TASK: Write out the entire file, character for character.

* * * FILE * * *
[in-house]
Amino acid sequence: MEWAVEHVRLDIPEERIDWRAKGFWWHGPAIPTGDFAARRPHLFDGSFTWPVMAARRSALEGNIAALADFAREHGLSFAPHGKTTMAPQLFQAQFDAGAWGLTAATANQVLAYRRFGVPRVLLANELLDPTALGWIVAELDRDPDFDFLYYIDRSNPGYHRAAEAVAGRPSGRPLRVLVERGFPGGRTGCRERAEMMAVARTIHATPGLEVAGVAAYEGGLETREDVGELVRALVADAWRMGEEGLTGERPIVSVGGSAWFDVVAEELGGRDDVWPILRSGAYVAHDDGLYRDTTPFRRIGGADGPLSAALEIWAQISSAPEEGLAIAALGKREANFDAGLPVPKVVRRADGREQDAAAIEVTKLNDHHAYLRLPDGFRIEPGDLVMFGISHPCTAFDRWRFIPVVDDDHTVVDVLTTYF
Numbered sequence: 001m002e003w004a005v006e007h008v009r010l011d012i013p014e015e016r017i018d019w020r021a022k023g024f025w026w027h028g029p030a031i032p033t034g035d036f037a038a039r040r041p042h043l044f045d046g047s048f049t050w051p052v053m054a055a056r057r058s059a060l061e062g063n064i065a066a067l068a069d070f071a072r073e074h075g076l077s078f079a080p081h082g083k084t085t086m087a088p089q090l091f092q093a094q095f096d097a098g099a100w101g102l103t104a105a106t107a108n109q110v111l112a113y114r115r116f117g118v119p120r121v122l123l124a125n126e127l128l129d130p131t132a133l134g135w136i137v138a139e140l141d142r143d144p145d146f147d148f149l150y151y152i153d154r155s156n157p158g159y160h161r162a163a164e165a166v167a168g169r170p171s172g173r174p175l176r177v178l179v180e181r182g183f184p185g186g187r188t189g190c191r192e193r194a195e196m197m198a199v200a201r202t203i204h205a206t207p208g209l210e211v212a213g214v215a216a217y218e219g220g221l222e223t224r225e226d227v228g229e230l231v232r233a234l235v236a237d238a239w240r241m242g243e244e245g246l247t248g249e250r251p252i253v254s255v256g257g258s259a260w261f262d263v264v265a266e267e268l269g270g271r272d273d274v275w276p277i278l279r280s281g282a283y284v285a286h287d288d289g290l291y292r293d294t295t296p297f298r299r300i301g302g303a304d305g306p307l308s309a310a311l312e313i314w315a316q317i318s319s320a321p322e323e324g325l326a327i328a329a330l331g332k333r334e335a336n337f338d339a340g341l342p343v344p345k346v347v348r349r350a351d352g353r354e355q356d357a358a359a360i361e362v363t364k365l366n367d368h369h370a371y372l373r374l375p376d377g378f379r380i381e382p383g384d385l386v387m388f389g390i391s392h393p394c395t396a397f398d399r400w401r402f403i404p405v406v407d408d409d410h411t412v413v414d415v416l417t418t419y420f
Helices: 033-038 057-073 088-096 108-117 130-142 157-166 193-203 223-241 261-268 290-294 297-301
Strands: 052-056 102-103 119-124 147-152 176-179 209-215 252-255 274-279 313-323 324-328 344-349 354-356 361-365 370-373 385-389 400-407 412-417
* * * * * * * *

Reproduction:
[in-house]
Amino acid sequence: MEWAVEHVRLDIPEERIDWRAKGFWWHGPAIPTGDFAARRPHLFDGSFTWPVMAARRSALEGNIAALADFAREHGLSFAPHGKTTMAPQLFQAQFDAGAWGLTAATANQVLAYRRFGVPRVLLANELLDPTALGWIVAELDRDPDFDFLYYIDRSNPGYHRAAEAVAGRPSGRPLRVLVERGFPGGRTGCRERAEMMAVARTIHATPGLEVAGVAAYEGGLETREDVGELVRALVADAWRMGEEGLTGERPIVSVGGSAWFDVVAEELGGRDDVWPILRSGAYVAHDDGLYRDTTPFRRIGGADGPLSAALEIWAQISSAPEEGLAIAALGKREANFDAGLPVPKVVRRADGREQDAAAIEVTKLNDHHAYLRLPDGFRIEPGDLVMFGISHPCTAFDRWRFIPVVDDDHTVVDVLTTYF
Numbered sequence: 001m002e003w004a005v006e007h008v009r010l011d012i013p014e015e016r017i018d019w020r021a022k023g024f025w026w027h028g029p030a031i032p033t034g035d036f037a038a039r040r041p042h043l044f045d046g047s048f049t050w051p052v053m054a055a056r057r058s059a060l061e062g063n064i065a066a067l068a069d070f071a072r073e074h075g076l077s078f079a080p081h082g083k084t085t086m087a088p089q090l091f092q093a094q095f096d097a098g099a100w101g102l103t104a105a106t107a108n109q110v111l112a113y114r115r116f117g118v119p120r121v122l123l124a125n126e127l128l129d130p131t132a133l134g135w136i137v138a139e140l141d142r143d144p145d146f147d148f149l150y151y152i153d154r155s156n157p158g159y160h161r162a163a164e165a166v167a168g169r170p171s172g173r174p175l176r177v178l179v180e181r182g183f184p185g186g187r188t189g190c191r192e193r194a195e196m197m198a199v200a201r202t203i204h205a206t207p208g209l210e211v212a213g214v215a216a217y218e219g220g221l222e223t224r225e226d227v228g229e230l231v232r233a234l235v236a237d238a239w240r241m242g243e244e245g246l247t248g249e250r251p252i253v254s255v256g257g258s259a260w261f262d263v264v265a266e267e268l269g270g271r272d273d274v275w276p277i278l279r280s281g282a283y284v285a286h287d288d289g290l291y292r293d294t295t296p297f298r299r300i301g302g303a304d305g306p307l308s309a310a311l312e313i314w315a316q317i318s319s320a321p322e323e324g325l326a327i328a329a330l331g332k333r334e335a336n337f338d339a340g341l342p343v344p345k346v347v348r349r350a351d352g353r354e355q356d357a358a359a360i361e362v363t364k365l366n367d368h369h370a371y372l373r374l375p376d377g378f379r380i381e382p383g384d385l386v387m388f389g390i391s392h393p394c395t396a397f398d399r400w401r402f403i404p405v406v407d408d409d410h411t412v413v414d415v416l417t418t419y420f
Helices: 033-038 057-073 088-096 108-117 130-142 157-166 193-203 223-241 261-268 290-294 297-301
Strands: 052-056 102-103 119-124 147-152 176-179 209-215 252-255 274-279 313-323 324-328 344-349 354-356 361-365 370-373 385-389 400-407 412-417